As the last notes of “Pomp and Circumstance” fade out across the country, proud parents and nervous investors alike are feeling a twinge as recent grads move home with no firm job offers in hand.
If you’re in that bittersweet category, you’re definitely not alone. The latest numbers from consulting firm Accenture indicate that barely one out of eight members of the Class of 2013 had employment lined up at the start of April, and the unemployment rate for 18- to 24-year-olds in the workforce is still more than double that of their parents.
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No wonder more than 16 million unmarried 20-somethings will be living with family this year.
Years of gloomy forecasts have young adults sensibly waiting until they secure solid jobs before they start building their own households. Most of them are not exactly looking forward to a lifetime of sponging off Mom and Dad. They’re probably a lot less thrilled about the situation than you are – and I know a lot of parents secretly happy to have the kids back.
Here’s the silver lining: It won’t last forever. While entry-level jobs remain in tight supply in once-hot areas of the economy (like Wall Street), the employment market for people in their 20s with college degrees is at its best level since 2009.
Tell your boomerang kids (or spouse) when they get frustrated that it may take time to find work, but the jobs are out there. Here’s a statistic you can take to heart: Most people who received their diplomas last year were gainfully employed within six months after graduation, and barely 1 in 10 struggled for over a year.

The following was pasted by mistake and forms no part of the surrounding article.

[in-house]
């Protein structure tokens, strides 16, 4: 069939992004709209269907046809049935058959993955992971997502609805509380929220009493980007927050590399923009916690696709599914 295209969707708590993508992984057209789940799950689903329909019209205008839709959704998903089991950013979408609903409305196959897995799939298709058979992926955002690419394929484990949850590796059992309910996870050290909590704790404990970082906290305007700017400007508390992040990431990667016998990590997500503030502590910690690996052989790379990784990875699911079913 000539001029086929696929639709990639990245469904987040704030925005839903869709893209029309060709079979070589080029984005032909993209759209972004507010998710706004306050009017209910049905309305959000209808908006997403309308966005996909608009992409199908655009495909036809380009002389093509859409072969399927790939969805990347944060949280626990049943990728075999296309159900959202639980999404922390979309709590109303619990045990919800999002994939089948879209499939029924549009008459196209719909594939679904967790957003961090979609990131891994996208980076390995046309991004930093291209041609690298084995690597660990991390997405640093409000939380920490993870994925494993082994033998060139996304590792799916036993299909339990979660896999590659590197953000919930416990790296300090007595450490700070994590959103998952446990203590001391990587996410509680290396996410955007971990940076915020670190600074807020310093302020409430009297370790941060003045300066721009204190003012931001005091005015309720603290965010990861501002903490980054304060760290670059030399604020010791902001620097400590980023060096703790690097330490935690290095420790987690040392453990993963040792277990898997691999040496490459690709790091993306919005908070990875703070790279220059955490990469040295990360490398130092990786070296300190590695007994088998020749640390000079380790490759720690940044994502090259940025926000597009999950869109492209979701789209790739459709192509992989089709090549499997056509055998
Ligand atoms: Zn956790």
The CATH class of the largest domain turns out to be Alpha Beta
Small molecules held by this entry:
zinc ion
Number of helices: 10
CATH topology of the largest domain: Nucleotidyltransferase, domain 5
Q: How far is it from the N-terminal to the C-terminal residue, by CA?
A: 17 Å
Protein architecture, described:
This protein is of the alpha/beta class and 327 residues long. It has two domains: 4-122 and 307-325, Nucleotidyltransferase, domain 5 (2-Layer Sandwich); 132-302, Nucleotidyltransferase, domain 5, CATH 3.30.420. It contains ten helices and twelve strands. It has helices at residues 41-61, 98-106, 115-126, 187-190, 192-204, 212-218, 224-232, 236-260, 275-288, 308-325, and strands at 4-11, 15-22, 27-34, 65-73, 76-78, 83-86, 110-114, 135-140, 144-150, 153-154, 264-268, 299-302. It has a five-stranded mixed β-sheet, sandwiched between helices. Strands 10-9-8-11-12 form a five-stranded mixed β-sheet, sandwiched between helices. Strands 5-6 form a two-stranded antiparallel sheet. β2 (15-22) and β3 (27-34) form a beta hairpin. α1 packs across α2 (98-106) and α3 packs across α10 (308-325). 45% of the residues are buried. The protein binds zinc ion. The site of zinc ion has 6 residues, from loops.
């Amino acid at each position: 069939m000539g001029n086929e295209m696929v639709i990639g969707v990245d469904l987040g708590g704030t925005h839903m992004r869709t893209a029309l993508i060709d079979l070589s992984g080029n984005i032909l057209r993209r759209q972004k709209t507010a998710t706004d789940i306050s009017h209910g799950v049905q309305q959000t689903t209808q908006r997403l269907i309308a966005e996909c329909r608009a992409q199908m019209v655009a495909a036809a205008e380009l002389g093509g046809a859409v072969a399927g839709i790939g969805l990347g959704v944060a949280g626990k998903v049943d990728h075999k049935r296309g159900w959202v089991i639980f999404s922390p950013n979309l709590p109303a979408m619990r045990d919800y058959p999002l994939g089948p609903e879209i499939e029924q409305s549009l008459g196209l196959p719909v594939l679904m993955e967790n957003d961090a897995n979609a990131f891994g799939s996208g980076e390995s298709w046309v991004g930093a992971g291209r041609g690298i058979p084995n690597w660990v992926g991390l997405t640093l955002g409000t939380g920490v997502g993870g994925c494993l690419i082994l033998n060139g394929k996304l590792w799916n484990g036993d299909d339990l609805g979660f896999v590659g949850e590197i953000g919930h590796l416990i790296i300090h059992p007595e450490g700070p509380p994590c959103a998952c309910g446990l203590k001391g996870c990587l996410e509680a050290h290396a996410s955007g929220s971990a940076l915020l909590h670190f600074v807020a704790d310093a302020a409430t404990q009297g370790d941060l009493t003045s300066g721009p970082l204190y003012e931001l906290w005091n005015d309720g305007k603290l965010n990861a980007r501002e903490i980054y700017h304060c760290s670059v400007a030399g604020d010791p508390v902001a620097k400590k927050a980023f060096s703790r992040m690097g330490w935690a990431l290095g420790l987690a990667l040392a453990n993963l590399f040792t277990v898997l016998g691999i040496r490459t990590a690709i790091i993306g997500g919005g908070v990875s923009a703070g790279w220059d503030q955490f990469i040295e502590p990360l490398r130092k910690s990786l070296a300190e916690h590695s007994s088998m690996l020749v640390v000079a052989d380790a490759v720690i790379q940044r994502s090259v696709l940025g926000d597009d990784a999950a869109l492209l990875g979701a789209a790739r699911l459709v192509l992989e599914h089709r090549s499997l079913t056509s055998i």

Here’s the Key
As many graduates’ older brothers and sisters have learned, it doesn’t pay to be finicky about the way opportunity knocks. Only 34% of the young grads Accenture talked to said they’ll take the first offer that comes along, and well over half are unwilling to move to another city, accept a lower salary, explore new fields or compromise their expectations in any way.
It’s all right to push back a bit on the offer, but be careful that expectations aren’t running a little too high. Remind picky job-seekers that “entry level” often means something like minimum wage pay – plenty of recent grads are making it work at well under $25,000 a year.
Compromise is the key. This the time for on-the-job training and even frequent job jumping. Employers don’t expect a 25-year-old’s resume to reflect job continuity, especially when the labor market is this tight. Flexibility demonstrates initiative, not disloyalty. If a better offer comes along in a few months, the kids can evaluate it on its own terms from a much stronger cash position since they’ll already have an income.
Speaking of cash, if the shadow of student loan repayment is holding your kids back, remind them that the traditional 10-year term is no longer the only game in town. Extended and income-sensitive plans ensure that nobody who signs up will have to starve to pay back their loans when they’re just starting out.